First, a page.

Key points from the report:

  • Today a majority of Canadians believe global warming is happening and that the consequences of it are likely and catastrophic.
  • Canadians are concerned about climate change – less than 10% are not at all concerned.
  • It is concern about the catastrophic consequences of inaction that inspires the desire to act. The greatest benefit is to avoid disaster.
  • This issue is more likely to be seen as important than urgent – but almost half (48%) of Canadians believe this issue is both very important to solve and very urgent to solve – this is a key group.
  • Canadians believe the effects of climate change will be global and severe.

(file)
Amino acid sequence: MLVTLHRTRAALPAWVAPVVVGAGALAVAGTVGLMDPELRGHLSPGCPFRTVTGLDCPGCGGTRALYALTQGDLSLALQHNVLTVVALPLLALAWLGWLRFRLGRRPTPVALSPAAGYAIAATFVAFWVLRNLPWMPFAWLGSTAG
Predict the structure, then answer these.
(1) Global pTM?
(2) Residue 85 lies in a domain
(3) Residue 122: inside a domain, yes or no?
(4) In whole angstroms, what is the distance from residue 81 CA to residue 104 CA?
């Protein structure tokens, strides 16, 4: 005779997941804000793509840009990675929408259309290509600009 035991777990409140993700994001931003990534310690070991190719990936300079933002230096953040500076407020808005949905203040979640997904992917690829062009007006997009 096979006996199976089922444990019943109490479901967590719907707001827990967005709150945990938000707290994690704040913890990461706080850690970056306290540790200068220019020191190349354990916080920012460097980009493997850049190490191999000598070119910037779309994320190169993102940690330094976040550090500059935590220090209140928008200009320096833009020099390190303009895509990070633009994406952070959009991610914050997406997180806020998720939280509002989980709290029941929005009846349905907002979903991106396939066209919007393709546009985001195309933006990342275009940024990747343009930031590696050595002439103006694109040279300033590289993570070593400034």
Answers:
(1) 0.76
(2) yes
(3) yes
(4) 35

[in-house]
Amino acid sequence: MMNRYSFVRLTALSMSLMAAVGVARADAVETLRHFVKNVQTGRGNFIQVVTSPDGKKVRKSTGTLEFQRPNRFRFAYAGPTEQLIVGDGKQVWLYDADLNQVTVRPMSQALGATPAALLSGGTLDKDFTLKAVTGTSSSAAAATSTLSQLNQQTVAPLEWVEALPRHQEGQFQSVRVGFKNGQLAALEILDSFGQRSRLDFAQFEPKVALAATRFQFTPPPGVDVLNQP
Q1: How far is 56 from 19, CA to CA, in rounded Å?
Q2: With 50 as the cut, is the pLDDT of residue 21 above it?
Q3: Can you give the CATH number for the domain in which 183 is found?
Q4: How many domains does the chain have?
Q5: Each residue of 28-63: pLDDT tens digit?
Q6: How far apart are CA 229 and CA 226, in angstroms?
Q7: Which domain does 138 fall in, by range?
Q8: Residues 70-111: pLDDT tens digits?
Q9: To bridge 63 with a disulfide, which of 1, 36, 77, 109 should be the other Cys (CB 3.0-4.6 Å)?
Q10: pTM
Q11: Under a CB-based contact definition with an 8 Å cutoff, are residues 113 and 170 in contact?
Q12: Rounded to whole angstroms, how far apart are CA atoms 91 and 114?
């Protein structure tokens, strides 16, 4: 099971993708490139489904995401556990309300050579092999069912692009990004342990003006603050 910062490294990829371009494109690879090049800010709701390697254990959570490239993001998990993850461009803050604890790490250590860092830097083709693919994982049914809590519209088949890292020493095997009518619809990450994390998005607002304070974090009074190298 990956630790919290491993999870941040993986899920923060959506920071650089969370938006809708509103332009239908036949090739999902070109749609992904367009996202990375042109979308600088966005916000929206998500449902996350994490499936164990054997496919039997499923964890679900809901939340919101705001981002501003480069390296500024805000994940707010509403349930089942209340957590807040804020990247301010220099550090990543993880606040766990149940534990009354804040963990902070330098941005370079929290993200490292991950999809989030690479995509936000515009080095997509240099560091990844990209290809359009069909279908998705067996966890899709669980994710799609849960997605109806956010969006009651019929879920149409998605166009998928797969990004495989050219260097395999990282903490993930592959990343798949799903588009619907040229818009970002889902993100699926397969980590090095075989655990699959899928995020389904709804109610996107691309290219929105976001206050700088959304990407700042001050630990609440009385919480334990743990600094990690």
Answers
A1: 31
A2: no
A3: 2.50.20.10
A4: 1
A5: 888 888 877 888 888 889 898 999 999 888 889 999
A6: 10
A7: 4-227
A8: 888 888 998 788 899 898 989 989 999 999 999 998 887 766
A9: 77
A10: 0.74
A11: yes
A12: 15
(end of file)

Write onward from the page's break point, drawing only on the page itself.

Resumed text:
• And they believe climate change will affect the Canadian environment – melting of the Arctic ice, extinction of species, and more severe and unusual weather.
  • This argues for a change in emphasis from glaciers and polar bears to spread of disease and catastrophic food and water shortages.
  • An increased likelihood of consequences and increased concern about consequences are significantly associated with an increased sense of urgency to address climate change.
  • Among target groups, those who believe the following are most likely to want urgent action:

– The consequences of climate change are catastrophic and we must act now to avoid them.

– If we don’t take action now it will be too late.

– Canadians use more energy than anyone so we should do more to reduce emissions.

– Canada is better off than a lot of countries and can afford to take the lead in addressing climate change.

– Investments in green technology can create jobs now and benefit the economy.